"I think what you're seeing here is this kind of action sports mentality began as a product of the late '80s and '90s from Generation X, and now those people are having children," says Peter Townend, publisher of sg and VP-marketing/events at Primedia's Action Sports Group. "What you're seeing with this Generation Y is their parents are actually action sports junkies. There's this fan base being built."
Despite the individualistic nature of some popular youth-oriented sports, "you are seeing individual sports come out of favor a little bit, things like swimming and even skateboarding. I think you are seeing some erosion there," says Tim Jarrell, VP-publishing director of Time Inc.'s Sports Illustrated for Kids. "I think that the organized sports are going to endure, and I think they are going to find think think they are going to find themselves in an increasingly more competitive situation."
Sports sponsorship consultant Dean Bonham believes major professional team sports as well as action sports have staying power among teens. "I think the simple answer is teens today have pretty diversified tastes," he says. "One of my sons is an avid baseball fan and an extreme sports fan in that he loves watching and participating in snowboarding and skateboarding. He loves going to baseball games and football games."
"The sports that are most likely to see an increase in youth participation, viewership and attendance are soccer, the NHL and extreme or action sports," says the CEO of Bonham Group, Denver.
"I'd guess that hockey is the best positioned to hold the interest of the younger audience as it matures," he says. "We just see from an attendance perspective that hockey continues to be an extraordinarily popular sport to attend. ... The rub there is they don't see that same level of popularity from a viewership perspective."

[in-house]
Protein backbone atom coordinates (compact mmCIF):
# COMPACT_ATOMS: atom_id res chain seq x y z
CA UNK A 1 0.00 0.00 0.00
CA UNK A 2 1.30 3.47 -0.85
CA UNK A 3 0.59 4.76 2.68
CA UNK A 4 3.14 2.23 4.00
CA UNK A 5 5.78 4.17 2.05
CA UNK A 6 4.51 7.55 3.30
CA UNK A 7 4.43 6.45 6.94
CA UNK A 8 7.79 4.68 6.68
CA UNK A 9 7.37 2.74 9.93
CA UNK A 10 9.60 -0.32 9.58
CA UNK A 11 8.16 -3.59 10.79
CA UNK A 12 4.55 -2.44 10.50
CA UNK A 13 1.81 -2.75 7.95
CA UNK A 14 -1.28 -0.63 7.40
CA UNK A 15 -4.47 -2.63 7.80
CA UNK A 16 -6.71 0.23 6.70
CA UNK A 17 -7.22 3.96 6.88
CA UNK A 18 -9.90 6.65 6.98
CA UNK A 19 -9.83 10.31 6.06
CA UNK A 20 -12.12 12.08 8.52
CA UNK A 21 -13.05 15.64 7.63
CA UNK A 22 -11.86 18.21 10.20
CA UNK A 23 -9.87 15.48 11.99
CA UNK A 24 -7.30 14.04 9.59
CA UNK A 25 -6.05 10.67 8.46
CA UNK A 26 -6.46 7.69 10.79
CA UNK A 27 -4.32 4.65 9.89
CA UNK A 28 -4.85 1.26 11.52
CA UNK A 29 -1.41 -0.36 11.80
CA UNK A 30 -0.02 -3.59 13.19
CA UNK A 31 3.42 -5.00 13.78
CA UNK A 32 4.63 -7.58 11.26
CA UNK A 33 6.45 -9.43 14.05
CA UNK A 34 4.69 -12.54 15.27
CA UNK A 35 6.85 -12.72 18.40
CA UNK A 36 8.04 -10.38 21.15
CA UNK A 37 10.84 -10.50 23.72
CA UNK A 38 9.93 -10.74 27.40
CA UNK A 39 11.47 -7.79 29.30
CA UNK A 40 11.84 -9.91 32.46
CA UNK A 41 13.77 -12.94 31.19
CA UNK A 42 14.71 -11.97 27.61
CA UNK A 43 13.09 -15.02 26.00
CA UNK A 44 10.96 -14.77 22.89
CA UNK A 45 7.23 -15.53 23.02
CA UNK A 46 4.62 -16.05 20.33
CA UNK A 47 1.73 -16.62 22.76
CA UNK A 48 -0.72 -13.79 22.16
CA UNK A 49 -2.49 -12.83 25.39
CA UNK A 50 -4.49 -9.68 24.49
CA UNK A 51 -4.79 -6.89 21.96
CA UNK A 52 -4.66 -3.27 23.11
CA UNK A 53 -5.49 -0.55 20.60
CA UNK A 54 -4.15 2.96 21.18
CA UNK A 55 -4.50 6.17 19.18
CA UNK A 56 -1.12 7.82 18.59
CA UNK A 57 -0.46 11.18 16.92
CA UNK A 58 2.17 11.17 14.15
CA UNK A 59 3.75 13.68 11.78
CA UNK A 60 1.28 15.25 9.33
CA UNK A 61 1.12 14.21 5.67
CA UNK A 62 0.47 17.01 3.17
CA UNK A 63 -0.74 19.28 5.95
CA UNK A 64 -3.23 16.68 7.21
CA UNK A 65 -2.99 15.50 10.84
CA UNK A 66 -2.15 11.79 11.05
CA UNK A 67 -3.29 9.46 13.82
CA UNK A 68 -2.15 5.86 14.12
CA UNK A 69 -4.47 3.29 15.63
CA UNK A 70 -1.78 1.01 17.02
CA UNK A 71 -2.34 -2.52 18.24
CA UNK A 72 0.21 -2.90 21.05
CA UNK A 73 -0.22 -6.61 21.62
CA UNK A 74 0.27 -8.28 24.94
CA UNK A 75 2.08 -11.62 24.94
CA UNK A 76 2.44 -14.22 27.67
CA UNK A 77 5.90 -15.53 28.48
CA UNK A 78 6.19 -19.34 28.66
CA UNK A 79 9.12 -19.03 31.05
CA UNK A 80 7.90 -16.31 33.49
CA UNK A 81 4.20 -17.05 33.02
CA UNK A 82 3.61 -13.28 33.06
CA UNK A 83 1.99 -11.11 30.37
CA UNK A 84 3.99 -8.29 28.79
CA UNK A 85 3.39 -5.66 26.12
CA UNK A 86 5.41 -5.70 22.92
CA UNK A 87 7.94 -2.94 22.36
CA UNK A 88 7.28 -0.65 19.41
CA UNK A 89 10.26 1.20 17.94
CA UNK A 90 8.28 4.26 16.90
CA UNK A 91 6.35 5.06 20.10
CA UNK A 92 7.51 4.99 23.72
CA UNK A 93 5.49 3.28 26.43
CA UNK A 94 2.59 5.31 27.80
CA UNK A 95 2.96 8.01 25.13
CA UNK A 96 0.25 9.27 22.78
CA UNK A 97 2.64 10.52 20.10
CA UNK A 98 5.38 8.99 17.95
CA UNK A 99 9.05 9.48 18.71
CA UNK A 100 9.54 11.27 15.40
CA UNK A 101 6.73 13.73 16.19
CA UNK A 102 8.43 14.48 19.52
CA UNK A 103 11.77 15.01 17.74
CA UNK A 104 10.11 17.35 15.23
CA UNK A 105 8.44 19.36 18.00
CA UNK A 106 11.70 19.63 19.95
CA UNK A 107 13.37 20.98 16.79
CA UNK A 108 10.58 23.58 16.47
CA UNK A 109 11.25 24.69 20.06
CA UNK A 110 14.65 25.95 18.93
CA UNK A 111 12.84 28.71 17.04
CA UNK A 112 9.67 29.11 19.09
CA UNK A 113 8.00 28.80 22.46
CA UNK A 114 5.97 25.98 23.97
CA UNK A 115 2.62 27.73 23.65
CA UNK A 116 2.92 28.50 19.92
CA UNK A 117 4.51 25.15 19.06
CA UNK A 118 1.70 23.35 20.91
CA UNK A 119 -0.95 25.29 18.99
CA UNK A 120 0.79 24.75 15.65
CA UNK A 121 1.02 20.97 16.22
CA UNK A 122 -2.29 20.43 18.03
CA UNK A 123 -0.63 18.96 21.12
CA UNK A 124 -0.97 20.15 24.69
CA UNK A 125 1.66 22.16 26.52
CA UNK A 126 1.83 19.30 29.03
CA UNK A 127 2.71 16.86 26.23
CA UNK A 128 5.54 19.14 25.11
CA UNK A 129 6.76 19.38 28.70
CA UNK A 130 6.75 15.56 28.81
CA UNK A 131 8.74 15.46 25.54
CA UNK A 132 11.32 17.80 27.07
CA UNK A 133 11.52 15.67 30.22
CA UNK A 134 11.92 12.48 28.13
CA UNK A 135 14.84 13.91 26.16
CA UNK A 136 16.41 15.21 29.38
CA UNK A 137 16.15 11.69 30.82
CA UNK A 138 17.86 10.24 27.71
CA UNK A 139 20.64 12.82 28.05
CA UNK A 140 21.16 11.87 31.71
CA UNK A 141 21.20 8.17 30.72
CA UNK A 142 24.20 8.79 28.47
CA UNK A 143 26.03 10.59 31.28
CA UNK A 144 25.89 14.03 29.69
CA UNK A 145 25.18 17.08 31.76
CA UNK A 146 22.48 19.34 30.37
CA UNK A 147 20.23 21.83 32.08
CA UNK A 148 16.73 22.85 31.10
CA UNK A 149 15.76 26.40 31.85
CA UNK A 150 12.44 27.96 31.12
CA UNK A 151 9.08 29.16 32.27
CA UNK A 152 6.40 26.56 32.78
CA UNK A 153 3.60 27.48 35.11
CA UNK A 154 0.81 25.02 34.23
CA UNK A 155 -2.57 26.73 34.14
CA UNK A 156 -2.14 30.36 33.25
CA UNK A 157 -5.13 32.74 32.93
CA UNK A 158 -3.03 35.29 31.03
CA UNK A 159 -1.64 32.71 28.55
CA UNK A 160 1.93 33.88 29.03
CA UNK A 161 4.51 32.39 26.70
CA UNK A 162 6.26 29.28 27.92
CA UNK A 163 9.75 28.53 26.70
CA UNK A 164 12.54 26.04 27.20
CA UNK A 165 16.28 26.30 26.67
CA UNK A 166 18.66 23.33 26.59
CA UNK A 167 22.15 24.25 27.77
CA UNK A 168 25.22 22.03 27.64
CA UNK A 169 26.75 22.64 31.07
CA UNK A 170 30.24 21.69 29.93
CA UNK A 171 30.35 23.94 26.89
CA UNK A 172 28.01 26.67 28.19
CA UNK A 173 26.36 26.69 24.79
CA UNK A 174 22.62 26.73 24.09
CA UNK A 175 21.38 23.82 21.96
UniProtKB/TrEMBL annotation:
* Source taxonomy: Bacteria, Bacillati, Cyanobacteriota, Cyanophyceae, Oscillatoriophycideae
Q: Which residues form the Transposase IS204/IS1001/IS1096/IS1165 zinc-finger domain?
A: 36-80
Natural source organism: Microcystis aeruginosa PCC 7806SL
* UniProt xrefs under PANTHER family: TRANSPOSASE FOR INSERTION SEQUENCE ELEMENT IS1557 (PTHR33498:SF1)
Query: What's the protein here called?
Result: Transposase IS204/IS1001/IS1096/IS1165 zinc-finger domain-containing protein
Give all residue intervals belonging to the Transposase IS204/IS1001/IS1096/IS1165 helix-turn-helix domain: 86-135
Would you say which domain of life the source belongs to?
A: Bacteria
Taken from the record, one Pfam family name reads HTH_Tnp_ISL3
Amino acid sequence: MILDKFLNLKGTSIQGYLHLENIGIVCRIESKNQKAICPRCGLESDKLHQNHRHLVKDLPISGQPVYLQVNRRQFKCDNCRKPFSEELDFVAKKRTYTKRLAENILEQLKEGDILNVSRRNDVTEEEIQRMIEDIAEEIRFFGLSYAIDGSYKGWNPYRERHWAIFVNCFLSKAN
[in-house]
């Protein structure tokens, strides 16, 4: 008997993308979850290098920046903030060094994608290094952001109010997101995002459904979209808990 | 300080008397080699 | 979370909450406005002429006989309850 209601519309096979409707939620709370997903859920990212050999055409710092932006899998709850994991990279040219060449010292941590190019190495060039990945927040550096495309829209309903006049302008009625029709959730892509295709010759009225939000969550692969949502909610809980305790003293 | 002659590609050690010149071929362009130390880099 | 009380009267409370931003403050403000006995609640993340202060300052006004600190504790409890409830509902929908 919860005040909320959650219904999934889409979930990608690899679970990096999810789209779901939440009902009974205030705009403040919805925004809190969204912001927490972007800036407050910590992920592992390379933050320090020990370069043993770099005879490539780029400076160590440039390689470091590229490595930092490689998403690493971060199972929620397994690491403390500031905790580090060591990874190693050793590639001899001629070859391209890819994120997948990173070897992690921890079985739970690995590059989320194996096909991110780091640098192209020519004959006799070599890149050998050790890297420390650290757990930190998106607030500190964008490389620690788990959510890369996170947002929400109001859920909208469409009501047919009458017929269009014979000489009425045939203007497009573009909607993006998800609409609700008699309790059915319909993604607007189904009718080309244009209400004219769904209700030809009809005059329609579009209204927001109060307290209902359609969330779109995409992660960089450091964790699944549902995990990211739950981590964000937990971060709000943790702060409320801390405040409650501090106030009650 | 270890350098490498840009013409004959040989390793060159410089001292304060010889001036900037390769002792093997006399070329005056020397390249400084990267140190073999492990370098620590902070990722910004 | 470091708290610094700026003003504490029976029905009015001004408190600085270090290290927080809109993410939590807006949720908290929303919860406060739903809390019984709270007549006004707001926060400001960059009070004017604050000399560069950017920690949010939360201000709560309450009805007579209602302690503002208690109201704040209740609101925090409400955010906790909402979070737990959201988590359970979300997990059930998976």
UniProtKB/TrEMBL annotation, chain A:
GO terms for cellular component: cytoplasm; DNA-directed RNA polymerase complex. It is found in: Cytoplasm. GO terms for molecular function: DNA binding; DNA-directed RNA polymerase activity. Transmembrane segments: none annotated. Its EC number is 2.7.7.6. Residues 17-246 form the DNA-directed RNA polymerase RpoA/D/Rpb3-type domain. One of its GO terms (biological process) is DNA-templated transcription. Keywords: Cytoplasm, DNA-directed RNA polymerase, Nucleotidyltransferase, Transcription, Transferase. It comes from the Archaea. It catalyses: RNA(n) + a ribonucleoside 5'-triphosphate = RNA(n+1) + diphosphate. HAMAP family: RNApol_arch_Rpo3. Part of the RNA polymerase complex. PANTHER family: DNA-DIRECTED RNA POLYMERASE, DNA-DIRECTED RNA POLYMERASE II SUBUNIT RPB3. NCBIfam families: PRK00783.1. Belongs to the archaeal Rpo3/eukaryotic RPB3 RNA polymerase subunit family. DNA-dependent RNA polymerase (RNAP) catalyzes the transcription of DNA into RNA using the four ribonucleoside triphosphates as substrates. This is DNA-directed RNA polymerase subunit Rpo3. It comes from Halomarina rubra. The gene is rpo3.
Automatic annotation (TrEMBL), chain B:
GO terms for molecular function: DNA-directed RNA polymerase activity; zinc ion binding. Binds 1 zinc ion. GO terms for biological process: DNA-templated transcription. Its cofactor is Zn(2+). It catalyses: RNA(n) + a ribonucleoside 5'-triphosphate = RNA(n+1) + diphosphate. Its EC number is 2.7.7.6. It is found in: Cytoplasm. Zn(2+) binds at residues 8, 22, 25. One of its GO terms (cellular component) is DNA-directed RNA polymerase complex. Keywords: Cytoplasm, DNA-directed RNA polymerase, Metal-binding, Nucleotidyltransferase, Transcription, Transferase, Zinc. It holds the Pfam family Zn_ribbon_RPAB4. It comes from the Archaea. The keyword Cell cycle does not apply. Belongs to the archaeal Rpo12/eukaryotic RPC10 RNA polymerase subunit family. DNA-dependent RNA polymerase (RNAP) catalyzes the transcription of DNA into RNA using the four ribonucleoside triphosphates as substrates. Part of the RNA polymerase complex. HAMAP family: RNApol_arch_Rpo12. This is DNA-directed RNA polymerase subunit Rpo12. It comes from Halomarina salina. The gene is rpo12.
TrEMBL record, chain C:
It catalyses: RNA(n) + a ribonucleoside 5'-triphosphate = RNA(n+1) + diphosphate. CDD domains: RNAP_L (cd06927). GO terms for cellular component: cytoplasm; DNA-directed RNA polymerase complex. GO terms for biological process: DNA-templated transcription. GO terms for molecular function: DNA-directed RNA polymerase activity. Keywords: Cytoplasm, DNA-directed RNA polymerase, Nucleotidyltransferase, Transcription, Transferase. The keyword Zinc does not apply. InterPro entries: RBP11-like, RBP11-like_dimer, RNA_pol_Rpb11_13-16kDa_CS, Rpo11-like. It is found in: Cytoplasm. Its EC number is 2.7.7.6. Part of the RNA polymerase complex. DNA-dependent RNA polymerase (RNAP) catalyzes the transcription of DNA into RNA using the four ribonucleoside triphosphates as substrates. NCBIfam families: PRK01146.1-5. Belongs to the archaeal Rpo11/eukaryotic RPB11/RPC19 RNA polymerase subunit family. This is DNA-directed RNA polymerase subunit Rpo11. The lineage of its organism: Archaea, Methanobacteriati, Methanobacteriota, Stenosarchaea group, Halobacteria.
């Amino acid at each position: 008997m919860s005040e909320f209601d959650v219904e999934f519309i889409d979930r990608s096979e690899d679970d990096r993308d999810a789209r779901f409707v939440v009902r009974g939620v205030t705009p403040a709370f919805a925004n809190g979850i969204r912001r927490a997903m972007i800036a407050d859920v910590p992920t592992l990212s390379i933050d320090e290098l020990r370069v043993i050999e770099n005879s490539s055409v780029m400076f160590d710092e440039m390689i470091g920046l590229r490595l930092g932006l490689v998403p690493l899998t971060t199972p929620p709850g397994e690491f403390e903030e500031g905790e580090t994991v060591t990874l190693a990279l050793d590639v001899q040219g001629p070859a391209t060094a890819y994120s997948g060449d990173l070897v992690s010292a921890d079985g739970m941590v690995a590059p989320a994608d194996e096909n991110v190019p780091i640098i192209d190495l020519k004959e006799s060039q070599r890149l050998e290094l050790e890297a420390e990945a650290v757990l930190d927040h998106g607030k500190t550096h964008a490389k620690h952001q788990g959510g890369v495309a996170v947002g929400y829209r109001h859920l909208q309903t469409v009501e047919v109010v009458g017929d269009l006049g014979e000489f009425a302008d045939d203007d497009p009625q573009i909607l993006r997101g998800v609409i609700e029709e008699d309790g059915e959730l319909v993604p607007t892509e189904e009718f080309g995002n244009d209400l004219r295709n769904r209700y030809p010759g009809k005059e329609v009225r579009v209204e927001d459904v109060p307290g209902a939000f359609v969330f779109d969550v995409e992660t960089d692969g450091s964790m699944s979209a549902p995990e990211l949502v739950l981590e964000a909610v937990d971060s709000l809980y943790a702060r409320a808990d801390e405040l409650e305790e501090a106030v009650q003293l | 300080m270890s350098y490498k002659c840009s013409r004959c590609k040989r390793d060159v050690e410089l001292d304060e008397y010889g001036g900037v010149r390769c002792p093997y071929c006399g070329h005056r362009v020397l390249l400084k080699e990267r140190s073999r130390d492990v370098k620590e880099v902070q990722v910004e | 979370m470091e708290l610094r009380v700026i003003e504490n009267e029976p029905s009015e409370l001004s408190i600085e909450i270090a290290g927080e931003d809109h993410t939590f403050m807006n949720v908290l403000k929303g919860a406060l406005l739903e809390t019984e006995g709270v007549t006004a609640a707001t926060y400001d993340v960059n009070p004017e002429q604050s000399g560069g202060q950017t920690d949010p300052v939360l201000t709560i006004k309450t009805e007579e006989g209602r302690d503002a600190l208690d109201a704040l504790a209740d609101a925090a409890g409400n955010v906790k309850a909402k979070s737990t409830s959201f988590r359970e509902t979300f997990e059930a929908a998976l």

"Hockey tried it for a long time [to reach the youth market at the grassroots level]," Mr. Steiner says. "And the participation level is nicely improving in this country with more and more kids playing hockey, and there are more ice and roller rinks now."
In addition, Mr. Bonham says, "the NBA is very well-positioned [to keep its young fans as they become adults]. I think soccer has enormous upside potential with the youth market because of the expanding base and growing popularity-by that I mean [U.S.] participation and success in the World Cup."
He adds: "Major League Baseball and the NFL are the most likely to decline just because their demographic is the oldest. They don't appear to have a next generation plan in place that really embraces youth."
Many executives at the sports leagues themselves recognize the need to attract fans from an early age and then continue to nurture the relationship as they grow up. The goal is to "create the relevant touch points at a young age but then make sure that as they mature into adults that we are still relevant to them and that they continue their interest," says Ed Horne, president of NHL Enterprises.
The NHL's strategy, as Mr. Horne explains it, could apply to any consumer-product marketer seeking to build long-term relationships with consumers: "We want to make sure that we carry through with them during their tween and teen ages."
"It's such a fragmented marketplace, and there are so many options for people of all ages to participate in or spend their time or their dollars," says Mr. Horne, who notes that the National Hockey League believes it competes in the entertainment world as well as the sports world. "We know we can't expect people to just find it without us making sure ... we're in a place that's relevant."